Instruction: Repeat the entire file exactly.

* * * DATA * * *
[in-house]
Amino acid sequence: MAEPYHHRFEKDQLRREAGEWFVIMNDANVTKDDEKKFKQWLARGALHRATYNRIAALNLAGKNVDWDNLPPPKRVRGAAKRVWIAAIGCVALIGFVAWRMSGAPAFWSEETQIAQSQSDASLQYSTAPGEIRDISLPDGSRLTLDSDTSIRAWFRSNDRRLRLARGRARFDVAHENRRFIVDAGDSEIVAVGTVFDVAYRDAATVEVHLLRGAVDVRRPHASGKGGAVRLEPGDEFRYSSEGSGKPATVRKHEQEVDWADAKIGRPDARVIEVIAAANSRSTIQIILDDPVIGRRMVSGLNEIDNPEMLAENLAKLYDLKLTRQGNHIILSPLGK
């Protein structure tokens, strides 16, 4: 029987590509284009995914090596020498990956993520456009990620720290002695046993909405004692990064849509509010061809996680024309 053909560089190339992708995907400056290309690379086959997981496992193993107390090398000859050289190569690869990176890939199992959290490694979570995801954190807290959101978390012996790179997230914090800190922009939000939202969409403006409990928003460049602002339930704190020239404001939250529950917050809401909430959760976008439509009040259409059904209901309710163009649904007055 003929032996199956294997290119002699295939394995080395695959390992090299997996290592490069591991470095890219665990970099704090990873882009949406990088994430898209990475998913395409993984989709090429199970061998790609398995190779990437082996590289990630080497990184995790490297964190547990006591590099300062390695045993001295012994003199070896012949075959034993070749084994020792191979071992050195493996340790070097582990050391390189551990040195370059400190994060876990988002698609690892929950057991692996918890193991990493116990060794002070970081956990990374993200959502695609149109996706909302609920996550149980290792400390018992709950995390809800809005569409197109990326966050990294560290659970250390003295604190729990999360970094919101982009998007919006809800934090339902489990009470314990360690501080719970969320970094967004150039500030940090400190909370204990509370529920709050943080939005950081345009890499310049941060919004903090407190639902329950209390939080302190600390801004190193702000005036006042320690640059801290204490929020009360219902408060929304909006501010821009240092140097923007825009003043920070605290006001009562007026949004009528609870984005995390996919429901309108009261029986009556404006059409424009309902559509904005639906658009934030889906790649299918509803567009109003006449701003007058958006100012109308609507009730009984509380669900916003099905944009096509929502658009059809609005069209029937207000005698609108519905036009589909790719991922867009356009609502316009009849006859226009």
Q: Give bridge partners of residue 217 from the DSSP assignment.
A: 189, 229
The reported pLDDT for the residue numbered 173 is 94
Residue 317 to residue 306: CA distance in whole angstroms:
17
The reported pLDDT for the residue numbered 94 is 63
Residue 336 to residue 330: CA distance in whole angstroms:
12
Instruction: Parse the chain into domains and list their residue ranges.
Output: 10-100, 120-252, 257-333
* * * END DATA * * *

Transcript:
[in-house]
Amino acid sequence: MAEPYHHRFEKDQLRREAGEWFVIMNDANVTKDDEKKFKQWLARGALHRATYNRIAALNLAGKNVDWDNLPPPKRVRGAAKRVWIAAIGCVALIGFVAWRMSGAPAFWSEETQIAQSQSDASLQYSTAPGEIRDISLPDGSRLTLDSDTSIRAWFRSNDRRLRLARGRARFDVAHENRRFIVDAGDSEIVAVGTVFDVAYRDAATVEVHLLRGAVDVRRPHASGKGGAVRLEPGDEFRYSSEGSGKPATVRKHEQEVDWADAKIGRPDARVIEVIAAANSRSTIQIILDDPVIGRRMVSGLNEIDNPEMLAENLAKLYDLKLTRQGNHIILSPLGK
């Protein structure tokens, strides 16, 4: 029987590509284009995914090596020498990956993520456009990620720290002695046993909405004692990064849509509010061809996680024309 053909560089190339992708995907400056290309690379086959997981496992193993107390090398000859050289190569690869990176890939199992959290490694979570995801954190807290959101978390012996790179997230914090800190922009939000939202969409403006409990928003460049602002339930704190020239404001939250529950917050809401909430959760976008439509009040259409059904209901309710163009649904007055 003929032996199956294997290119002699295939394995080395695959390992090299997996290592490069591991470095890219665990970099704090990873882009949406990088994430898209990475998913395409993984989709090429199970061998790609398995190779990437082996590289990630080497990184995790490297964190547990006591590099300062390695045993001295012994003199070896012949075959034993070749084994020792191979071992050195493996340790070097582990050391390189551990040195370059400190994060876990988002698609690892929950057991692996918890193991990493116990060794002070970081956990990374993200959502695609149109996706909302609920996550149980290792400390018992709950995390809800809005569409197109990326966050990294560290659970250390003295604190729990999360970094919101982009998007919006809800934090339902489990009470314990360690501080719970969320970094967004150039500030940090400190909370204990509370529920709050943080939005950081345009890499310049941060919004903090407190639902329950209390939080302190600390801004190193702000005036006042320690640059801290204490929020009360219902408060929304909006501010821009240092140097923007825009003043920070605290006001009562007026949004009528609870984005995390996919429901309108009261029986009556404006059409424009309902559509904005639906658009934030889906790649299918509803567009109003006449701003007058958006100012109308609507009730009984509380669900916003099905944009096509929502658009059809609005069209029937207000005698609108519905036009589909790719991922867009356009609502316009009849006859226009």
Q: Give bridge partners of residue 217 from the DSSP assignment.
A: 189, 229
The reported pLDDT for the residue numbered 173 is 94
Residue 317 to residue 306: CA distance in whole angstroms:
17
The reported pLDDT for the residue numbered 94 is 63
Residue 336 to residue 330: CA distance in whole angstroms:
12
Instruction: Parse the chain into domains and list their residue ranges.
Output: 10-100, 120-252, 257-333